Coronavirus, construction and coffee

Coronavirus has put the brakes on growth in several industries. But it has also pummelled the ‘Make in China’ story. China produces nine times the volume of steel that India does; 40 per cent of this is used in construction. Over a third of Chinese steel mills are considering cutting production because of rising inventories. Owing to slow construction activities, the outlook for domestic rebar demand is negative.Chas already cut its production as over 25 per cent of its components and parts suppliers have been affected, in turn disrupting its delivery and production schedules. Komatsu, which sources components from its own plants and outside partners in China, is shifting production of metal parts used in the body of vehicles as well as wire harnesses to Japan and Vietnam. Japan’s Daikin Industries is considering moving the assembly of commercial air-conditioners to Malaysia. Just about 30 per cent of the nation’s 183 auto assembly plants were online by end February, according to the China Association of Automobile Manufacturers. A lot of the disruption above provides a window to the Indian auto component industry to perk up its backyard.

Most analysts believe it takes a lot to be part of the supply chain and as this is only a short-term event, India does not have a chance. But I believe this is a ‘Black Swan’ event, as coined by Nassim Nicholas Taleb, meaning an unpredictable event that is beyond what is normally expected of a situation with potentially severe consequences. Companies are already scouting for alternate sources for supplies. Not having a fix on how long this will last, companies will want to secure an alternate supply chain route even as positive news on the containment of the virus begins to surface. Indian production facilities of construction equipment owned by multinationals are already set for exports, with many already established as export hubs for specific models. These could take some load off the demand of countries dependent on Chinese production facilities in the short run. China is the biggest exporter of ceramic products, especially vitrified floor tiles in Europe, the US, Far-Eastern countries and Africa. Indian tile manufacturers from Morbi and others can also look at a spike in demand from markets that hitherto preferred Chinese ceramics.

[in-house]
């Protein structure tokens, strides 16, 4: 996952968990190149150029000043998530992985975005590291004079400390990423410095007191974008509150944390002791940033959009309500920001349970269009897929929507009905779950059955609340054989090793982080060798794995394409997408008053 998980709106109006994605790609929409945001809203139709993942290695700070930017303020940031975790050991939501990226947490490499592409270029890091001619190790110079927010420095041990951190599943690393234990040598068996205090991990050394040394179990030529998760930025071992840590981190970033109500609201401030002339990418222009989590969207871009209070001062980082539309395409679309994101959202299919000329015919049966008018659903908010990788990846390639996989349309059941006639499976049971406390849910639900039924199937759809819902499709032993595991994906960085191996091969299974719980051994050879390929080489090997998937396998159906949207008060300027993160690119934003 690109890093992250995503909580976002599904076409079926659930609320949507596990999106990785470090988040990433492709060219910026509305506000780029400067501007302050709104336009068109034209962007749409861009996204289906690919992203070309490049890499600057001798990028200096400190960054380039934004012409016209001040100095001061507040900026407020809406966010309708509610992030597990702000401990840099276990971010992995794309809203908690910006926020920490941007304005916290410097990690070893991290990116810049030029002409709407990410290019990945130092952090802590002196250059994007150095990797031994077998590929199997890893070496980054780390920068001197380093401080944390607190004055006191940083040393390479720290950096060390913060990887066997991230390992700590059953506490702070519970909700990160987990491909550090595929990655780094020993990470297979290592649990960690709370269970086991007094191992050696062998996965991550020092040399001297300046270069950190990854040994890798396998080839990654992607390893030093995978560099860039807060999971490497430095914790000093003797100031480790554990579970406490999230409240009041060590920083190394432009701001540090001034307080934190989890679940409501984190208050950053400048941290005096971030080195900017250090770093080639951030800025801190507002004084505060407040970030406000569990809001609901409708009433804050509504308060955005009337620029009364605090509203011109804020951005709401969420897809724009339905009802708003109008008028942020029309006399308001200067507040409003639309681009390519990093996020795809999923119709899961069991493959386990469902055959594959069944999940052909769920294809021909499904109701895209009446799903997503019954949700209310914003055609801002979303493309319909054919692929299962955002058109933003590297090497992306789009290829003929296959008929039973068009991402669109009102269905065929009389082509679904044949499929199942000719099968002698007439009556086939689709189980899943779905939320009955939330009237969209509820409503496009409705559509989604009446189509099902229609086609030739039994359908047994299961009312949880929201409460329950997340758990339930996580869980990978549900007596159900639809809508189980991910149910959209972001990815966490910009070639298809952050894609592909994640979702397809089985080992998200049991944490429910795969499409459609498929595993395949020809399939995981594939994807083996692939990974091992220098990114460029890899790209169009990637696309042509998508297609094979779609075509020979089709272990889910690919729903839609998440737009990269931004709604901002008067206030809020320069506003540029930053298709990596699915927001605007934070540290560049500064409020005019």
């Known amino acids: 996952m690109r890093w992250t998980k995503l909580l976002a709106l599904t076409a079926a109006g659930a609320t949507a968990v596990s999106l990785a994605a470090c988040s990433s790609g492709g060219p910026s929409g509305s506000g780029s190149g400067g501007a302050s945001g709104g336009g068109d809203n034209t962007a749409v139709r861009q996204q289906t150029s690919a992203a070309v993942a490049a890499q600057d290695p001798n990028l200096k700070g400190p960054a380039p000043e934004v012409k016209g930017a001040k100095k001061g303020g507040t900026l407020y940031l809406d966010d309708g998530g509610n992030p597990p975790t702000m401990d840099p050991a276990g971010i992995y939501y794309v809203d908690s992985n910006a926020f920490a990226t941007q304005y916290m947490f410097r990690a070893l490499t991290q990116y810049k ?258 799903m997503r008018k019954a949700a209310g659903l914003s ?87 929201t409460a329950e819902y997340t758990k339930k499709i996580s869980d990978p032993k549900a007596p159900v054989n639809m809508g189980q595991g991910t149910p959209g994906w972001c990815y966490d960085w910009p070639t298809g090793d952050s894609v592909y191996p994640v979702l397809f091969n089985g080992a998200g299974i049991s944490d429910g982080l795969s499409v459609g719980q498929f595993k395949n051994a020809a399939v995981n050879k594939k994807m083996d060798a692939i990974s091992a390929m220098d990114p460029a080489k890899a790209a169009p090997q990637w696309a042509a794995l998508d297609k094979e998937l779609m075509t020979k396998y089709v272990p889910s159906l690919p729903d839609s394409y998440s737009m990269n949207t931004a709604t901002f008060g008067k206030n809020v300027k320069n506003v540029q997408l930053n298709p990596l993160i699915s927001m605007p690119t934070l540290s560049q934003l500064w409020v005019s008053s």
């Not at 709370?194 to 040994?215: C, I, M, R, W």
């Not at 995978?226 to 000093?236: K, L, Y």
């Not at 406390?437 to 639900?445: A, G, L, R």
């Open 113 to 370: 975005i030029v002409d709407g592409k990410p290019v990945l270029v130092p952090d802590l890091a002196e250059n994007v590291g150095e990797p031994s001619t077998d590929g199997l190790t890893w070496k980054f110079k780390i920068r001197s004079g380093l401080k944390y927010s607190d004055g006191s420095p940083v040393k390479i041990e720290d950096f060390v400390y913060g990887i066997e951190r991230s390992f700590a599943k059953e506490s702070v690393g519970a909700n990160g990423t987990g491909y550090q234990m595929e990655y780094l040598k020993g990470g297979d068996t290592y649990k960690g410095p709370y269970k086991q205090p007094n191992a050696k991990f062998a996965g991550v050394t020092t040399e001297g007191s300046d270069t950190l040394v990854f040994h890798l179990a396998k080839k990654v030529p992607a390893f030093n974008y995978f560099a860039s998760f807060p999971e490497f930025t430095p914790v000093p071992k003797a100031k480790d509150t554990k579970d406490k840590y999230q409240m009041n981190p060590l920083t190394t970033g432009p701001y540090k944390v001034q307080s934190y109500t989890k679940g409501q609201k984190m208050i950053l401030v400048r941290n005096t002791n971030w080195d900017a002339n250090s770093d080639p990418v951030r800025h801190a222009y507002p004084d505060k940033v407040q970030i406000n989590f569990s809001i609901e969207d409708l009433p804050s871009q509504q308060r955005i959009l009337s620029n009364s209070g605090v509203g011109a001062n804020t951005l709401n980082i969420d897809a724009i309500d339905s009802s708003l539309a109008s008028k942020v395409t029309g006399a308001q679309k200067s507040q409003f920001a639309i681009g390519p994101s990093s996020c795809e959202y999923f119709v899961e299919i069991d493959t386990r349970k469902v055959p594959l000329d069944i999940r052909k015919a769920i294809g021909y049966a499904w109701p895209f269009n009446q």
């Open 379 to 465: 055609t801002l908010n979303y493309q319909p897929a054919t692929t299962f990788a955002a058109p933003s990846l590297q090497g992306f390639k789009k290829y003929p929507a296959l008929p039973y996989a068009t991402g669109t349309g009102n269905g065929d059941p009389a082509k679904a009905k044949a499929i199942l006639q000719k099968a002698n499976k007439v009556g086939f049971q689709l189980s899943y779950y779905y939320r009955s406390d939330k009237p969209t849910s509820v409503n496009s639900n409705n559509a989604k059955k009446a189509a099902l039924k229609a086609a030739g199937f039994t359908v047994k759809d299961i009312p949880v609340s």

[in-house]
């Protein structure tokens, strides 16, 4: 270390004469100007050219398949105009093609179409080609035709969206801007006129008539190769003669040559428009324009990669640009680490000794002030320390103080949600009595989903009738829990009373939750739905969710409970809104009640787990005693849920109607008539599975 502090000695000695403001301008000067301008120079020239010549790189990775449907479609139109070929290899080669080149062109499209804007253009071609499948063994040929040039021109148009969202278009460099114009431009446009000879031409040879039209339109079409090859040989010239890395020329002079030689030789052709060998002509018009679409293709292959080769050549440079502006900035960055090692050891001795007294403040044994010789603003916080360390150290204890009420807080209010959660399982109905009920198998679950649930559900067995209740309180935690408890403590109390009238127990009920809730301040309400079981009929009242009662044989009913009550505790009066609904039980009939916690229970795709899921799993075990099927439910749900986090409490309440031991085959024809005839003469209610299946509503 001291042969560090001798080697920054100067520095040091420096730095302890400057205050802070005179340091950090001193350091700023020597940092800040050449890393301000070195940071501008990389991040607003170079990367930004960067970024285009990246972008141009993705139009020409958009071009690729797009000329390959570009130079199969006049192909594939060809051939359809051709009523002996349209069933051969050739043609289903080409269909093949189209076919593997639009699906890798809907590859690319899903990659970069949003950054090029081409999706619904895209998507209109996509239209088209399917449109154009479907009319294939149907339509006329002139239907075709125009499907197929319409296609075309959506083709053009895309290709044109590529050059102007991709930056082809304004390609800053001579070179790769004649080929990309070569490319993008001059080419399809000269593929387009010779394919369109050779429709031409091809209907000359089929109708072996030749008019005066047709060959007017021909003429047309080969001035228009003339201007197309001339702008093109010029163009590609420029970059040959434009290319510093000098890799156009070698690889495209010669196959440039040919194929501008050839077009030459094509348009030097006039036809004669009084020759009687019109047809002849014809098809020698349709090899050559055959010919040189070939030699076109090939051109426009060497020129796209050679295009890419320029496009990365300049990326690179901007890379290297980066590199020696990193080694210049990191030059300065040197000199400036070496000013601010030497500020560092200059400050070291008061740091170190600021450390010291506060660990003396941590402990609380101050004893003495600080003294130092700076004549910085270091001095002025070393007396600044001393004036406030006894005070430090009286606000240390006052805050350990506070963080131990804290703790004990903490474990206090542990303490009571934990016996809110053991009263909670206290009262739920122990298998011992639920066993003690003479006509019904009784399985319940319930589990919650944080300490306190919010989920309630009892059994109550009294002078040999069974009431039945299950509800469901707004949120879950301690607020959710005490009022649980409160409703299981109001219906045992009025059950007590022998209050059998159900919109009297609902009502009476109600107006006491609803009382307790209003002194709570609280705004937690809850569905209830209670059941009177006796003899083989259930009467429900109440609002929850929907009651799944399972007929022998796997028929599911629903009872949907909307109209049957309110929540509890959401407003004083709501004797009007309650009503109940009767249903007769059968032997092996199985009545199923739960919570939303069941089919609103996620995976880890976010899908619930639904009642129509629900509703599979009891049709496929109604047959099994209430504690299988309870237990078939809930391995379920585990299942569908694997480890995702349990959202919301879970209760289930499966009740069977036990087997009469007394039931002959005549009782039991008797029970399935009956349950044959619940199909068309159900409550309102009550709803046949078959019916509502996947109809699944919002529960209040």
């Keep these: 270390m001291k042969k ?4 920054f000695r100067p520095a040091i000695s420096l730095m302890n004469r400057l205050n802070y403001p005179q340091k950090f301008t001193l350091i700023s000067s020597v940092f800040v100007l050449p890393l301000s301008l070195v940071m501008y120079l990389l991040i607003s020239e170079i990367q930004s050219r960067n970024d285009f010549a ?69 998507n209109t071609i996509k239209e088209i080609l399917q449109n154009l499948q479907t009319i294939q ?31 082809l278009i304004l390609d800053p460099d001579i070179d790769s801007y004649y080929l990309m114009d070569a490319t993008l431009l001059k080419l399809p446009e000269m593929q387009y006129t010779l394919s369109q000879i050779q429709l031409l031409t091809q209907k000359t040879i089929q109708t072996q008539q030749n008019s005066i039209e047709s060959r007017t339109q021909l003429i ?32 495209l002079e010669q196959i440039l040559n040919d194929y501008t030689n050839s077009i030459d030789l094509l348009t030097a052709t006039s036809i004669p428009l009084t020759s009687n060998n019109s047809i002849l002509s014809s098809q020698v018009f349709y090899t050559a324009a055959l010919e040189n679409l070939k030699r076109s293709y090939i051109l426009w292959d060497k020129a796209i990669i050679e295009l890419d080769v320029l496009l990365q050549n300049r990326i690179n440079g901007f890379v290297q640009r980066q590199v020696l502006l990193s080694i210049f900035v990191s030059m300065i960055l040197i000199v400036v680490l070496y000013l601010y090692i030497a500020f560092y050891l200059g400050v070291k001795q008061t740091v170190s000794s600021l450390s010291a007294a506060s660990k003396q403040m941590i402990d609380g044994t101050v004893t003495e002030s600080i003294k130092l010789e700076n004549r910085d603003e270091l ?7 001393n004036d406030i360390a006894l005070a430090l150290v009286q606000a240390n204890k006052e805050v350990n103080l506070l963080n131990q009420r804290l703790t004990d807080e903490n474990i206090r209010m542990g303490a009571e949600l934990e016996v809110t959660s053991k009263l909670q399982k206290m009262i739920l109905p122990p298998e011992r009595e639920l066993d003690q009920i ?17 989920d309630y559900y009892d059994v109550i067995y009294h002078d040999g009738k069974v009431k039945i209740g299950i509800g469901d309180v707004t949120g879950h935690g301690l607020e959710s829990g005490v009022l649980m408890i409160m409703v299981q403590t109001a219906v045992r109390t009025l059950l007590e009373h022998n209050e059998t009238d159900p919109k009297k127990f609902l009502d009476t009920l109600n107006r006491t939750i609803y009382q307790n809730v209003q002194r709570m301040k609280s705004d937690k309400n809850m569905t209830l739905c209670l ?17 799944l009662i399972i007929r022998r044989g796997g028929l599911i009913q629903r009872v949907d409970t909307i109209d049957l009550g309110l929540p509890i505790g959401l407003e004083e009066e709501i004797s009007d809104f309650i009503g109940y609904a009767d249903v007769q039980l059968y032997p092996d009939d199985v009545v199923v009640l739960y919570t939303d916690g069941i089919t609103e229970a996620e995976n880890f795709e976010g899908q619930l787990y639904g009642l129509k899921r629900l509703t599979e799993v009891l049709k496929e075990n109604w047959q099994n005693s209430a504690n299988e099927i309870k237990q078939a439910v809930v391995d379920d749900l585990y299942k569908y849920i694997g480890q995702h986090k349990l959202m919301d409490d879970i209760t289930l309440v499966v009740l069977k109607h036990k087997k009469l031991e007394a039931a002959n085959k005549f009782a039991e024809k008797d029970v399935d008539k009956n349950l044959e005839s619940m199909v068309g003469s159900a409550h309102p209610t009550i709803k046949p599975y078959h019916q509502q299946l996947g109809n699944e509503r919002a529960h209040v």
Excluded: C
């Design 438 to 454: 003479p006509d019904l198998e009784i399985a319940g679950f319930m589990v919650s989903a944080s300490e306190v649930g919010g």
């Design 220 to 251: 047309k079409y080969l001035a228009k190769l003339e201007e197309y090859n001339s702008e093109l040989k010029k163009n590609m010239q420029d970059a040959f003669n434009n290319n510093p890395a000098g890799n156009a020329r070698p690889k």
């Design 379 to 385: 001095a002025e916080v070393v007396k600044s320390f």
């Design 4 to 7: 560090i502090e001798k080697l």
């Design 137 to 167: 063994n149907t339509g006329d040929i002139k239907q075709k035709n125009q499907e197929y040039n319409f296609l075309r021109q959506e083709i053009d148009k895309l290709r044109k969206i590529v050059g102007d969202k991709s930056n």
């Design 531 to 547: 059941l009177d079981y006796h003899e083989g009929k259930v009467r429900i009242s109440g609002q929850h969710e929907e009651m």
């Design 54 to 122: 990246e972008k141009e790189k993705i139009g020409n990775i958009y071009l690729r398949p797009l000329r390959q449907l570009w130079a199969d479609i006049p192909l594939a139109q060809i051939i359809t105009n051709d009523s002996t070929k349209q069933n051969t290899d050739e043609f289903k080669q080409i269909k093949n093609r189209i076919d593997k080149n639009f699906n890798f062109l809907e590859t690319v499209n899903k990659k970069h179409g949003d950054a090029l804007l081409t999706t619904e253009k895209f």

For this to turn into an opportunity, the government must pull its head out of the rabbit hole. It must announce a revised package for exporters as an emergent tactic. Even contractors from India can expect to see a revision in tenders of some projects that have been awarded to Chinese contractors as it would be extremely difficult for them to now provide Chinese workers and machines to undertake the task.

Meanwhile, the National Infrastructure Pipeline has an interesting line-up (see CW’s February 2020 Cover Story). The FM has set aside Rs.220 billion towards the National Investment and Infrastructure Fund. This would be leveraged to raise funds from pension and sovereign funds, which would now find the deal worthwhile, given that the impact of the dividend distribution tax has been muted. They have also been provided tax relief when investing in infrastructure. Cube Highways has been agile and is already looking at offloading its road assets at a premium through an InvIT.

Stepping in after construction and then offloading after the asset has gained traction could bring smart returns for the courageous. NHAI needs to follow suit by displaying some agility. We do not have anything to ‘Trumpet’ about during the latest visit by the US President; so far, it has only been a good PR exercise.

Despite the Godsent opportunity, if we remain absorbed in ‘home’ matters, the world will pass us by. If we want to provide employment to the world’s largest and youngest workforce, we need to wake up and smell the coffee!